Recs + Reviews: Queen of Fashion
Ever since I was a little girl, I've been fascinated by Marie Antoinette. She seemed like a kind of real-life Disney princess to me: beloved by her people (well, for the most part...), incredibly glamorous, and always wearing the most beautiful clothes imaginable. Also, I love that she used something she knew all about - fashion - to gain power in a society that viewed her as little more than a decoration by the king's side. In short, I grew up being enchanted and inspired by her.
Because of this, I've read a lot about Marie Antoinette over the years, but never anything even half as wonderful as Caroline Weber's Queen of Fashion. In a word, it's exquisite. It covers every aspect of Marie Antoinette's lifelong fashion progression, from her crooked teeth and plain dresses growing up in Austria to the five-foot hair poufs she created for her court appearances in the height of her popularity. Also, I appreciated that the book didn't glamorize or idolize Marie Antoinette beyond what was factual: it simply told her story - which, to be honest, is glamorous and fascinating and outrageous enough that it doesn't need any extra embellishment.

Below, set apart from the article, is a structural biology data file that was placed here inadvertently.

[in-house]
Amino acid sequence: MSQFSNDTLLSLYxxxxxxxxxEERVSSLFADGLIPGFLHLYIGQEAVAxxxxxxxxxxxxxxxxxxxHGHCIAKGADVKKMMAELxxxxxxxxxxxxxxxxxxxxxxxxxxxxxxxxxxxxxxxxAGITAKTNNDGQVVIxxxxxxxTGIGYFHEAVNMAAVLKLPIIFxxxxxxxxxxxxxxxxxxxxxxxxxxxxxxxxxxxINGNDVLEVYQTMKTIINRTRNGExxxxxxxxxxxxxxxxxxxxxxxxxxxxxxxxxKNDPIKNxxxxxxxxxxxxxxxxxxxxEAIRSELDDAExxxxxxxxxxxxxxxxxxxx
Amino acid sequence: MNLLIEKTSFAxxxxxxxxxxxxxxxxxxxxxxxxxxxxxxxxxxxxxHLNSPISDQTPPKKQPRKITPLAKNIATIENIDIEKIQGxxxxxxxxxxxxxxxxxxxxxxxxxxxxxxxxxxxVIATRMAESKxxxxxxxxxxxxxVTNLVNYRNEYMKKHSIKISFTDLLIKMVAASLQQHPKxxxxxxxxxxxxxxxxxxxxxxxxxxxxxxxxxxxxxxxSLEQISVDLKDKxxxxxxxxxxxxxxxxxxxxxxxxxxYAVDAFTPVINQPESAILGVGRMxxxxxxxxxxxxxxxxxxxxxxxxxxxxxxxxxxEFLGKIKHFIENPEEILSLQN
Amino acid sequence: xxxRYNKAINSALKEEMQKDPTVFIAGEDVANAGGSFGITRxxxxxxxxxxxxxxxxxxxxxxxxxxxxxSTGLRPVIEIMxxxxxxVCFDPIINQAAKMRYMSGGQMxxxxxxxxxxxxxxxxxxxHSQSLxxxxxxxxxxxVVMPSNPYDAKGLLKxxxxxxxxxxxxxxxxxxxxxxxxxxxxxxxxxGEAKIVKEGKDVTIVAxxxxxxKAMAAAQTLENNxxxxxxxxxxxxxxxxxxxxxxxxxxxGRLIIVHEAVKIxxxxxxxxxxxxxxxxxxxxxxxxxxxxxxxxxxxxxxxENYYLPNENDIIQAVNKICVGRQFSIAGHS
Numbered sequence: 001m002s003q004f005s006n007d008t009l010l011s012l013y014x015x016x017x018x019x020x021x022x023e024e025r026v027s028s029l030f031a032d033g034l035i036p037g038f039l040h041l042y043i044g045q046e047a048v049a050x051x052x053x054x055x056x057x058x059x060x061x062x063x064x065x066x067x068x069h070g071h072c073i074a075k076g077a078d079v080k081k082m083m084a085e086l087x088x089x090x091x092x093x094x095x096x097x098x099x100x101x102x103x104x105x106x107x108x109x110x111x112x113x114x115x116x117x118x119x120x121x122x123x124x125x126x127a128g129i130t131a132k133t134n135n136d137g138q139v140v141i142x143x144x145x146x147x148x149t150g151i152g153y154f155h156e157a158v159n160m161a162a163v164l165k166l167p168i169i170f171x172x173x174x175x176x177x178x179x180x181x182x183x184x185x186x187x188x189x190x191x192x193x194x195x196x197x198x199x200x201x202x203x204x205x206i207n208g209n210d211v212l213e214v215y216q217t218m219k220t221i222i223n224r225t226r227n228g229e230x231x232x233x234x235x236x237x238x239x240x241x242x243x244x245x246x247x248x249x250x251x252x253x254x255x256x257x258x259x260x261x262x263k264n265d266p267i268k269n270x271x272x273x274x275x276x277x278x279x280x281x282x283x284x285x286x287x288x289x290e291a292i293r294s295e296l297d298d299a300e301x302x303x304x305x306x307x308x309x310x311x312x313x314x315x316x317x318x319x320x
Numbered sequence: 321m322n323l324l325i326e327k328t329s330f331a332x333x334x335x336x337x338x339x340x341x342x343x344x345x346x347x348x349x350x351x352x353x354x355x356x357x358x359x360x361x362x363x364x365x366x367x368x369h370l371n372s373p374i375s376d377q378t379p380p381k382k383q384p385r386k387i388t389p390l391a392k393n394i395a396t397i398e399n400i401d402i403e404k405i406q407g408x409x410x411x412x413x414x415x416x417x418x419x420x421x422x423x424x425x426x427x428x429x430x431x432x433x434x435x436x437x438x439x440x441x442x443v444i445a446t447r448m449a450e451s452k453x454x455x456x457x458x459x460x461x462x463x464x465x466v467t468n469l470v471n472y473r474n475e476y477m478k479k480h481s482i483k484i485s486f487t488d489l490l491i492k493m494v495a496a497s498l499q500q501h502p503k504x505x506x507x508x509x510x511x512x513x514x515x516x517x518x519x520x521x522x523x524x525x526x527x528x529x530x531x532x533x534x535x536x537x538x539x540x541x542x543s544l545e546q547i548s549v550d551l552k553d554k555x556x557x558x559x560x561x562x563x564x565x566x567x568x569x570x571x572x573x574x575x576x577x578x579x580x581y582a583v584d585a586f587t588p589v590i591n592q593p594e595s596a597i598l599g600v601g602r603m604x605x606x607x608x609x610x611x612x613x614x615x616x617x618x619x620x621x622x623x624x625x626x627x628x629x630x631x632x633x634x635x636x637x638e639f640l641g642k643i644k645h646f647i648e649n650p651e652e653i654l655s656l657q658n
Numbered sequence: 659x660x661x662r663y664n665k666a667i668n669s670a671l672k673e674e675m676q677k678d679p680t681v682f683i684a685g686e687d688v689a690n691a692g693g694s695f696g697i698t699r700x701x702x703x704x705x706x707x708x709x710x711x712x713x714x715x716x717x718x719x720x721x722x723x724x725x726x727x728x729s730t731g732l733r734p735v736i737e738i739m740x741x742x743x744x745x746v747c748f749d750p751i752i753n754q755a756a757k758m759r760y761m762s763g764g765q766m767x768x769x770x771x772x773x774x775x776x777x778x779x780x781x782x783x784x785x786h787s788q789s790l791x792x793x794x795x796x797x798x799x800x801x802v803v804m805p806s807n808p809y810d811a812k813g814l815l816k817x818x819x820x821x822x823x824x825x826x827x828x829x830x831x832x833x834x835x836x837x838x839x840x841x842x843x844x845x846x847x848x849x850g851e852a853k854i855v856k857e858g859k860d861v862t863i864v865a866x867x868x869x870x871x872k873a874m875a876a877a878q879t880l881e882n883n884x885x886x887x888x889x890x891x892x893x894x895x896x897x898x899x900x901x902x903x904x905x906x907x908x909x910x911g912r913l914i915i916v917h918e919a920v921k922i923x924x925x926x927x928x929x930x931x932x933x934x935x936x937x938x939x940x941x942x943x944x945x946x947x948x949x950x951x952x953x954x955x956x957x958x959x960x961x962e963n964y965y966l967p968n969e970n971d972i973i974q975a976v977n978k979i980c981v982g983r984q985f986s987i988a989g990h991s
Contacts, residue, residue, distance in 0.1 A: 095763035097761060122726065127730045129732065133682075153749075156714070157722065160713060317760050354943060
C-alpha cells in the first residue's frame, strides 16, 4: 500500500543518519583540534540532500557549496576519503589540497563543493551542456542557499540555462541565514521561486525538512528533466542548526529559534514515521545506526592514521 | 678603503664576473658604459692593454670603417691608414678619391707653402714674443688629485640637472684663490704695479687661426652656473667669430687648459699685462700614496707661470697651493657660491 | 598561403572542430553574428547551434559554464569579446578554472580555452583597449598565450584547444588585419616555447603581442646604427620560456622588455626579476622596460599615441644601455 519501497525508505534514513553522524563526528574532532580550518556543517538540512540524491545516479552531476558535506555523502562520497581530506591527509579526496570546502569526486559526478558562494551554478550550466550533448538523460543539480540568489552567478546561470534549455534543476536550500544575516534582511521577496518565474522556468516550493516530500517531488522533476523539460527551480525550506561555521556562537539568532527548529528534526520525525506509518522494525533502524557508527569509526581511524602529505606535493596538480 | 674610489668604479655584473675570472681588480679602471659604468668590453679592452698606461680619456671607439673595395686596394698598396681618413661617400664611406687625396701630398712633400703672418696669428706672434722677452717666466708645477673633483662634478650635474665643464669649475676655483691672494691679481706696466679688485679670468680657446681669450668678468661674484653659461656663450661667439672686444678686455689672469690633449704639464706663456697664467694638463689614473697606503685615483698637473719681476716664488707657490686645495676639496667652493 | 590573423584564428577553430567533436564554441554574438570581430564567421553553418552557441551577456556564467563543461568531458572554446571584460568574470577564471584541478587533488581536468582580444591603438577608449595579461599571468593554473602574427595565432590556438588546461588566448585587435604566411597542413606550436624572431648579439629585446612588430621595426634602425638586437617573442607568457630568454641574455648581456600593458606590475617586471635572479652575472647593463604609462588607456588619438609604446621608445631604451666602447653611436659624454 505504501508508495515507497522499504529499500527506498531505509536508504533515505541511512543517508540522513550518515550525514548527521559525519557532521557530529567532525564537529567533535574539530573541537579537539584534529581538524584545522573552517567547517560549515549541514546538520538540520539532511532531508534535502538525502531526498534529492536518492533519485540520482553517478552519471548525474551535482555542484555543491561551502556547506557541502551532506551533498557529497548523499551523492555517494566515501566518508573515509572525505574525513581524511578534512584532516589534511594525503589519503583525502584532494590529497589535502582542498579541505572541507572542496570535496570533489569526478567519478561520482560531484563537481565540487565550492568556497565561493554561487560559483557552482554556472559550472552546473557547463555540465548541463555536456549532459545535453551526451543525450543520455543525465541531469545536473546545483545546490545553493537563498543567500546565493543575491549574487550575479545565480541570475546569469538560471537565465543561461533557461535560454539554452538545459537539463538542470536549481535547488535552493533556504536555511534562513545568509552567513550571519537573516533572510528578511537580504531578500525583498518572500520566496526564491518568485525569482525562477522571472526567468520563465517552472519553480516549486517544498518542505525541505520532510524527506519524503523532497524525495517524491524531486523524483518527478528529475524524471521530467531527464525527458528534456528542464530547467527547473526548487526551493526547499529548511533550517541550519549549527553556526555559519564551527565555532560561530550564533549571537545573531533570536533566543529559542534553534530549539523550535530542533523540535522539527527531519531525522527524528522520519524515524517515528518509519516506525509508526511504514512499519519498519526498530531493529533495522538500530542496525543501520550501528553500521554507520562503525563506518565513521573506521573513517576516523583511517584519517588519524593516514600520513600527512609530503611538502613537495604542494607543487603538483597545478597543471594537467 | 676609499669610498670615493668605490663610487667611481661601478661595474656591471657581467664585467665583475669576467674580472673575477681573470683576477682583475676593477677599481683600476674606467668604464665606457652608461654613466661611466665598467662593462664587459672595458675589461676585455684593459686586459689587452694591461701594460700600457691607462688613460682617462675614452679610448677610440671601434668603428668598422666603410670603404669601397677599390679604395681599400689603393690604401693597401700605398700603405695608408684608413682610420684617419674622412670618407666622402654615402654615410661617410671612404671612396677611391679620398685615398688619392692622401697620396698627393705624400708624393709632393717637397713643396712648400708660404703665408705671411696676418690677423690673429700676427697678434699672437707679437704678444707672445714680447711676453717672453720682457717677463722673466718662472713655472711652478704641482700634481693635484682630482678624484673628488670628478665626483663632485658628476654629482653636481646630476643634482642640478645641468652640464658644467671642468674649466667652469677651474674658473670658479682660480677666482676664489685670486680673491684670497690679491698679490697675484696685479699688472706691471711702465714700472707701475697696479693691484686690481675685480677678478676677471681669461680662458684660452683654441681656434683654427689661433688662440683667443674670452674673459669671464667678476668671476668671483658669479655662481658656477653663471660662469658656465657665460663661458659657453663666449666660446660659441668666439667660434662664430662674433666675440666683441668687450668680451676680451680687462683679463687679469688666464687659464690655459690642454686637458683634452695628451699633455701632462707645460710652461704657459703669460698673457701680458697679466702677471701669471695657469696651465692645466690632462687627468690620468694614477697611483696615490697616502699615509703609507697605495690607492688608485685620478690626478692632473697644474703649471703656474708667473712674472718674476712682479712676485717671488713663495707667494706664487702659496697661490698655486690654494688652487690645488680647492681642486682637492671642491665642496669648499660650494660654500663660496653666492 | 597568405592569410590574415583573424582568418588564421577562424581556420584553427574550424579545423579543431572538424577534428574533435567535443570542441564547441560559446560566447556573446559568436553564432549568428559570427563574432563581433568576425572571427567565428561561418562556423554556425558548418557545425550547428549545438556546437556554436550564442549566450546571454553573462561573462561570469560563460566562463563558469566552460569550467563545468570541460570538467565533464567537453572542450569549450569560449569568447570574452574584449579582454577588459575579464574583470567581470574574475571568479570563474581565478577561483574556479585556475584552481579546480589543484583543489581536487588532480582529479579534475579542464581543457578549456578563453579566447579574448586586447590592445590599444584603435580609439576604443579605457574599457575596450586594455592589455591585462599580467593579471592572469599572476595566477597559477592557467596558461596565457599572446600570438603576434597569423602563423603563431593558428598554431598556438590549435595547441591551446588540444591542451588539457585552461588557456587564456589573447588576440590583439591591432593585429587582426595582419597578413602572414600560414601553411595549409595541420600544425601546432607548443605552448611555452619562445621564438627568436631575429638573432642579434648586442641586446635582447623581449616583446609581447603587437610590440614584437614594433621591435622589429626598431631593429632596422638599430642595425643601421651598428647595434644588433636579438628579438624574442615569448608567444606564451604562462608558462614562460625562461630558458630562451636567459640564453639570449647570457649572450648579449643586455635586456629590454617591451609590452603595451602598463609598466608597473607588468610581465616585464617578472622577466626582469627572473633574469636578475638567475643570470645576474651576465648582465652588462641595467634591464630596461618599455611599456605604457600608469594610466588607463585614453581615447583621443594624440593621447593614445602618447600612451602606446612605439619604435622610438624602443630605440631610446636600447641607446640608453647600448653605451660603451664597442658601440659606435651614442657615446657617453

Weber expertly mixes fashion with politics in her telling of the story. Every outfit and accessory and hairstyle had a purpose, and that purpose was often to ensure that the people knew who was in charge. Marie Antoinette had a difficult life once she moved to Paris as a preteen, from the way people in the court tried to manipulate her for their own gain to the way that she had to compensate for her lack of children in the first few years of marriage (through no fault of her own). Her fashion was not just a way to pass the time, but a way to assert her dominance in Versailles when so many were trying to undermine her. Best of all, Weber does a great job of presenting Marie Antoinette as a real person and not just a mannequin for her elaborate costumes, which in this type of book might be an easy hole to fall into.
To sum up, this book is a must-read for anyone who has an interest in French history or fashion in general. It's pretty long and has small print and very few pictures, and admittedly a few parts run a little dry, but I don't think I've ever learned more from a biography. Queen of Fashion is one that I'll be recommending to friends (like y'all!) for many years to come.
What have y'all been reading during these dog days of summer? Leave your recs and reviews in the comments!